Have you tried new the Independent Digital Edition apps?
News
ebookA unique anthology of reporting and analysis of a crucial period of history
News
people
News
i100
Life and Style
Phones will be able to monitor your health, from blood pressure to heart rate, and even book a doctor’s appointment for you
techCould our smartphones soon be diagnosing diseases via Health Kit and Google Fit?
News
people
Extras
indybest
Sport
Usain Bolt confirms he will run in both the heats and the finals of the men's relay at the Commonwealth Games
commonwealth games
Life and Style
tech'World's first man-made leaves' could use photosynthesis to help astronauts breathe
Independent
Travel Shop
the manor
Up to 70% off luxury travel
on city breaks Find out more
santorini
Up to 70% off luxury travel
on chic beach resorts Find out more
sardina foodie
Up to 70% off luxury travel
on country retreats Find out more
Latest stories from i100
Have you tried new the Independent Digital Edition apps?
Independent Dating
and  

By clicking 'Search' you
are agreeing to our
Terms of Use.

iJobs Job Widget
iJobs General

SAP Project Manager

competitive: Progressive Recruitment: SAP PROJECT MANAGER - 3 MONTHS - BERKSHI...

SAP Project Manager

competitive: Progressive Recruitment: SAP PROJECT MANAGER - 3 MONTHS - BERKSHI...

Senior Investment Accounting Change Manager

£600 - £700 per day + competitive: Orgtel: Senior Investment Accounting Change...

Microsoft Dynamics AX Functional Consultant

£65000 - £75000 per annum + benefits: Progressive Recruitment: A rare opportun...

Day In a Page

Save the tiger: The day America’s love of backyard tigers led to a horrific bloodbath

The day America’s love of backyard tigers led to a horrific bloodbath

With only six per cent of the US population of these amazing big cats held in zoos, the Zanesville incident in 2011 was inevitable
Once stilted and melodramatic, Hollywood is giving acting in video games a makeover

Acting in video games gets a makeover

David Crookes meets two of the genre's most popular voices
Could our smartphones soon be diagnosing diseases via Health Kit and Google Fit?

Could smartphones soon be diagnosing diseases?

Health Kit and Google Fit have been described as "the beginning of a health revolution"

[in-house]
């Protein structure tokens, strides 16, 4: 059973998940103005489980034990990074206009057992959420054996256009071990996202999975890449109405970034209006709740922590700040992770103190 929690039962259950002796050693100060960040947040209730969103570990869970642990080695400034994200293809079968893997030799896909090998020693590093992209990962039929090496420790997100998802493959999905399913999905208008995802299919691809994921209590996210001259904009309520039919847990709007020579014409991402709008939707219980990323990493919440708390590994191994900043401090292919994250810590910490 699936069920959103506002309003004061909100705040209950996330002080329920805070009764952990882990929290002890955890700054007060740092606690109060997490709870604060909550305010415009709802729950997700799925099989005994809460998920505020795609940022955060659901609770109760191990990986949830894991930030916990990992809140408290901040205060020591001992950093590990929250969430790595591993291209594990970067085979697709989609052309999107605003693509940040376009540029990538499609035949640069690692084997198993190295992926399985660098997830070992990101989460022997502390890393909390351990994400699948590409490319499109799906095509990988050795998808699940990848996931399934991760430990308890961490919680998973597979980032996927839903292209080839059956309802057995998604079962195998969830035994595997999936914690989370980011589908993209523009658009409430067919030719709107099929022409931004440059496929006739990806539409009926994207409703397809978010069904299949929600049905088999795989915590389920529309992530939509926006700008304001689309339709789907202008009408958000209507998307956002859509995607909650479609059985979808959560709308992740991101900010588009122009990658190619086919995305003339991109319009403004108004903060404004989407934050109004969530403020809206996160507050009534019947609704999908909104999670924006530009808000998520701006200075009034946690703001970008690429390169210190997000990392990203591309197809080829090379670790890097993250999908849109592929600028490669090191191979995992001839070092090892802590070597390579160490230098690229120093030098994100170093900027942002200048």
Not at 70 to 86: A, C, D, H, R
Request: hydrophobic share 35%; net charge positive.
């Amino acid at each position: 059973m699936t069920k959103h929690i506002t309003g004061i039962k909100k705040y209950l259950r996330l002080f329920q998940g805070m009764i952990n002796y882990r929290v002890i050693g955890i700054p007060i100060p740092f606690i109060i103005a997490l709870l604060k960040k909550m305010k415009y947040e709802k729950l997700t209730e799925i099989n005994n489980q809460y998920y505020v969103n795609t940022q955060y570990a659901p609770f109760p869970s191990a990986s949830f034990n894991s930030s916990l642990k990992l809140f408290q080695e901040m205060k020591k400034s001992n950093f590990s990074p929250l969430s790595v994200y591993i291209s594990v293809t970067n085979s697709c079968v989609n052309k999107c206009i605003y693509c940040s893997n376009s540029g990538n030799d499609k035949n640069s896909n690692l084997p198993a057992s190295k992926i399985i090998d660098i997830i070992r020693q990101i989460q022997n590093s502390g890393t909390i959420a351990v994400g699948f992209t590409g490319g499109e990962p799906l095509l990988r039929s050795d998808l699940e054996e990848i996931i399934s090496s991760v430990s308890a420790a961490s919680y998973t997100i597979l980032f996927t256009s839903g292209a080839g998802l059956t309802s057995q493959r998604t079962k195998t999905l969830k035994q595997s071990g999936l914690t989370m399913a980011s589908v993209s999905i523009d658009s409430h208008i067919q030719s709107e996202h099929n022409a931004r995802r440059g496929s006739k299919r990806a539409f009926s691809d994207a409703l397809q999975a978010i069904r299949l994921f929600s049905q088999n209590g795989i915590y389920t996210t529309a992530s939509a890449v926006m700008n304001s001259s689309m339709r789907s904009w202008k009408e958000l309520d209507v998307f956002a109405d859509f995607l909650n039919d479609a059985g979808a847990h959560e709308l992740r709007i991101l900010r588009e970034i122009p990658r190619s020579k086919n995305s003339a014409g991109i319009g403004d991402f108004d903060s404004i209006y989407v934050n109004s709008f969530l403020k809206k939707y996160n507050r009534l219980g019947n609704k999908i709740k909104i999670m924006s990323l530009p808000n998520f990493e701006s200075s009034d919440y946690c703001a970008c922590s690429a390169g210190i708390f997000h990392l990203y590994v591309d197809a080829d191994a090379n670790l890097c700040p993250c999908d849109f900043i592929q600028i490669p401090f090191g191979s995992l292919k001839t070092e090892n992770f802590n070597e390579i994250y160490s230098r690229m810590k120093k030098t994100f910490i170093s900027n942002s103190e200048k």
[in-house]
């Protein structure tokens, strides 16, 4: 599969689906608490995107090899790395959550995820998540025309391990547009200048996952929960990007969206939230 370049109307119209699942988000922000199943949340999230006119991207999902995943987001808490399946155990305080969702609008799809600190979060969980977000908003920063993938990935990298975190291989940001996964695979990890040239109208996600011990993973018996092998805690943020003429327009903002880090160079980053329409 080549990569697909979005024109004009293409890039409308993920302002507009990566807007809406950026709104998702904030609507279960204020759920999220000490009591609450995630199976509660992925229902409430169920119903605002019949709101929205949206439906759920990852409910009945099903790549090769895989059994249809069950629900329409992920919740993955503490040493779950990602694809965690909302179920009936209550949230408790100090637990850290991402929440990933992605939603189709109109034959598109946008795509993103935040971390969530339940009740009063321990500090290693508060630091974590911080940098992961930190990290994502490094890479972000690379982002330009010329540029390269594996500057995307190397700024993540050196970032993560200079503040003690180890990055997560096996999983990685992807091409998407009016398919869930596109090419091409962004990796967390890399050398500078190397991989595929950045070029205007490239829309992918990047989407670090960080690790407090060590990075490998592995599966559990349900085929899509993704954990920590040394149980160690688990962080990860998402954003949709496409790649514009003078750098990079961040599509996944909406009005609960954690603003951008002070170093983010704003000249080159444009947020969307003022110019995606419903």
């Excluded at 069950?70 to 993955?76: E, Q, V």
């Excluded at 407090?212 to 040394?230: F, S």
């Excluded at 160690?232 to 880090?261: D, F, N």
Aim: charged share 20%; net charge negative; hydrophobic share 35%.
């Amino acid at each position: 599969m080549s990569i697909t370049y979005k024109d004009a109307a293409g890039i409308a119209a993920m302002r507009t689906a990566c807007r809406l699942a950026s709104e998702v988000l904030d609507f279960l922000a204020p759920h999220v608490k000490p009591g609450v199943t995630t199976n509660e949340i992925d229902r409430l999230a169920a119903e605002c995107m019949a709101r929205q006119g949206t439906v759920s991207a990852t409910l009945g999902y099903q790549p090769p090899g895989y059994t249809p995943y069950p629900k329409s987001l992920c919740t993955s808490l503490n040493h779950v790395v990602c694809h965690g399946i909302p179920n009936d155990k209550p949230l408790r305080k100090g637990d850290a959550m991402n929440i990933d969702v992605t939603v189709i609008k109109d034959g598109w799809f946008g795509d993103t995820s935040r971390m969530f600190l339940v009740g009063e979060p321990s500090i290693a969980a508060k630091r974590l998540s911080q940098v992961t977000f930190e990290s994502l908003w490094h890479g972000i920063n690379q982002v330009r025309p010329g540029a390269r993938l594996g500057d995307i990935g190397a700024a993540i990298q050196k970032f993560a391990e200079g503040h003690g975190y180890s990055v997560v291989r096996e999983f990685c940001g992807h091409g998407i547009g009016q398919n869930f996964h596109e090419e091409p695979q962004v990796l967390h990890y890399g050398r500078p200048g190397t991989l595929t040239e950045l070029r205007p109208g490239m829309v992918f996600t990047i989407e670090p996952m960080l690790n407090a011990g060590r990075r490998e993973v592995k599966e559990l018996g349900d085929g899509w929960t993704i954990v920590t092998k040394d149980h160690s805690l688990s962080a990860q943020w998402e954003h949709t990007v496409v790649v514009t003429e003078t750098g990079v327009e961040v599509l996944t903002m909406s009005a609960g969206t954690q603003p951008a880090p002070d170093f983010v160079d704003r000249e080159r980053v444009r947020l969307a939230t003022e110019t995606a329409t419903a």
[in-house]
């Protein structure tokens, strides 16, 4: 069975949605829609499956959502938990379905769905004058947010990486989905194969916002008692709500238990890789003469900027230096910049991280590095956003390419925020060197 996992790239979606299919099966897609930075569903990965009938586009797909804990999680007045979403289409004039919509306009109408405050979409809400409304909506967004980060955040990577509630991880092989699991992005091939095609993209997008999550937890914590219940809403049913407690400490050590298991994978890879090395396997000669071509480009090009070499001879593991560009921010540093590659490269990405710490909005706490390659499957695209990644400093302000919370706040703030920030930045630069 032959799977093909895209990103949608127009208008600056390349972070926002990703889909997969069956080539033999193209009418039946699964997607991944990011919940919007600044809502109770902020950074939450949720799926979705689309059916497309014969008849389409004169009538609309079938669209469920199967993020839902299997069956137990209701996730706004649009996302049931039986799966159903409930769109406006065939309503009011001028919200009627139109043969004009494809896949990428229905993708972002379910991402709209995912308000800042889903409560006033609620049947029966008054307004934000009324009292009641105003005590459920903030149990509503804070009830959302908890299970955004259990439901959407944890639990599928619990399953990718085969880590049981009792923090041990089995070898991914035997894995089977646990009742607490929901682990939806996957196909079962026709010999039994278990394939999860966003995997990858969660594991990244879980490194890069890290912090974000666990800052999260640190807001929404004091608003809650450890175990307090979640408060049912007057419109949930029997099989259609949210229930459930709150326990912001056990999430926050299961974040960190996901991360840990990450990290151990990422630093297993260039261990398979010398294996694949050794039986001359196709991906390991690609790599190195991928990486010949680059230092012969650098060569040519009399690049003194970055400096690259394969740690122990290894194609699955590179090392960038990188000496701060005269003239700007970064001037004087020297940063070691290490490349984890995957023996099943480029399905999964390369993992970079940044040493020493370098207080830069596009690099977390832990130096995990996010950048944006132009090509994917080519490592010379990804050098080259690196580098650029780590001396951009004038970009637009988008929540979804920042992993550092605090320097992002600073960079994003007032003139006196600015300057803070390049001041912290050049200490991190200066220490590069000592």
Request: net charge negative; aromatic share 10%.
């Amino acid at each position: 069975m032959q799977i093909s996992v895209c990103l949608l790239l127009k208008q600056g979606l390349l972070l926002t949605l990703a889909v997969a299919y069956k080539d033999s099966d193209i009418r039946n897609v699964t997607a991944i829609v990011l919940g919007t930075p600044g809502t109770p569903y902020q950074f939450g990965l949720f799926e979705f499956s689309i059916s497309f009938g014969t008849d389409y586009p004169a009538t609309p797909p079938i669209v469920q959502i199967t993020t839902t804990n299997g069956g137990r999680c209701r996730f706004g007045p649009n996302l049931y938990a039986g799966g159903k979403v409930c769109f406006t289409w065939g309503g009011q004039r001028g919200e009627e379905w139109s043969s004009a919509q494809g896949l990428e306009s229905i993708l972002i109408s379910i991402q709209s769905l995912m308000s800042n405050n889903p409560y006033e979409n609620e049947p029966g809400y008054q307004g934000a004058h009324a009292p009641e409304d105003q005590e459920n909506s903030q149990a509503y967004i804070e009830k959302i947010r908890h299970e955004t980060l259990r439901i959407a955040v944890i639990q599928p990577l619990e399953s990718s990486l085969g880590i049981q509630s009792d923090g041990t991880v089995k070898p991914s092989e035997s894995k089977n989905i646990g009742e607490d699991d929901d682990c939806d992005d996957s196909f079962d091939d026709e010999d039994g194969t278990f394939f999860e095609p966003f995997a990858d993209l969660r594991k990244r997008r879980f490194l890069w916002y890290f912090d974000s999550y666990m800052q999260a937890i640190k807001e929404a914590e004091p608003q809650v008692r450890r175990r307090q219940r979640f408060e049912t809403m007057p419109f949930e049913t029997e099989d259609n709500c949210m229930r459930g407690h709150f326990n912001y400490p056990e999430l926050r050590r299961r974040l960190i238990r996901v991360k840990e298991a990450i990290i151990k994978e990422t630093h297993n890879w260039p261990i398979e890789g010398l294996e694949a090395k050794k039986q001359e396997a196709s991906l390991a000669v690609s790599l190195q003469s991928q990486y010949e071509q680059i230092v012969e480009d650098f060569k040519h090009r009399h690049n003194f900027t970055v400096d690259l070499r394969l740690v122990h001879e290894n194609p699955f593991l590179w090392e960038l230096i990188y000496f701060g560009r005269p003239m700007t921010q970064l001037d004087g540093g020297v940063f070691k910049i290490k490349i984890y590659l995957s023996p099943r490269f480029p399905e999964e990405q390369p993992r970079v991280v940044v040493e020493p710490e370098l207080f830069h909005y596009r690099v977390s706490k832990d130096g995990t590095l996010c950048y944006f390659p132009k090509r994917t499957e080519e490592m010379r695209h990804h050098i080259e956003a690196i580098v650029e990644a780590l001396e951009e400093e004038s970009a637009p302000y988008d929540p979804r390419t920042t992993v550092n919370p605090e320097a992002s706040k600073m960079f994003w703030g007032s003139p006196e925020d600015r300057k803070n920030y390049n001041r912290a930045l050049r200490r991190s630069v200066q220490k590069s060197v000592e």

10 best over-ear headphones

Aural pleasure: 10 best over-ear headphones

Listen to your favourite tracks with this selection, offering everything from lambskin earmuffs to stainless steel
Save the tiger: The animals bred for bones on China’s tiger farms

The animals bred for bones on China’s tiger farms

The big cats kept in captivity to perform for paying audiences and then, when dead, their bodies used to fortify wine
A former custard factory, a Midlands bog and a Leeds cemetery all included in top 50 hidden spots in the UK

A former custard factory, a Midlands bog and a Leeds cemetery

Introducing the top 50 hidden spots in Britain
Ebola epidemic: Plagued by fear

Ebola epidemic: Plagued by fear

How a disease that has claimed fewer than 2,000 victims in its history has earned a place in the darkest corner of the public's imagination
Chris Pratt: From 'Parks and Recreation' to 'Guardians of the Galaxy'

From 'Parks and Recreation' to 'Guardians of the Galaxy'

He was homeless in Hawaii when he got his big break. Now the comic actor Chris Pratt is Hollywood's new favourite action star
How live cinema screenings can boost arts audiences

How live cinema screenings can boost arts audiences

Broadcasting plays and exhibitions to cinemas is a sure-fire box office smash
Shipping container hotels: Pop-up hotels filling a niche

Pop-up hotels filling a niche

Spending the night in a shipping container doesn't sound appealing, but these mobile crash pads are popping up at the summer's biggest events
Native American headdresses are not fashion accessories

Feather dust-up

A Canadian festival has banned Native American headwear. Haven't we been here before?
Boris Johnson's war on diesel

Boris Johnson's war on diesel

11m cars here run on diesel. It's seen as a greener alternative to unleaded petrol. So why is London's mayor on a crusade against the black pump?
5 best waterproof cameras

Splash and flash: 5 best waterproof cameras

Don't let water stop you taking snaps with one of these machines that will take you from the sand to meters deep
Louis van Gaal interview: Manchester United manager discusses tactics and rebuilding after the David Moyes era

Louis van Gaal interview

Manchester United manager discusses tactics and rebuilding after the David Moyes era
Will Gore: The goodwill shown by fans towards Alastair Cook will evaporate rapidly if India win the series

Will Gore: Outside Edge

The goodwill shown by fans towards Alastair Cook will evaporate rapidly if India win the series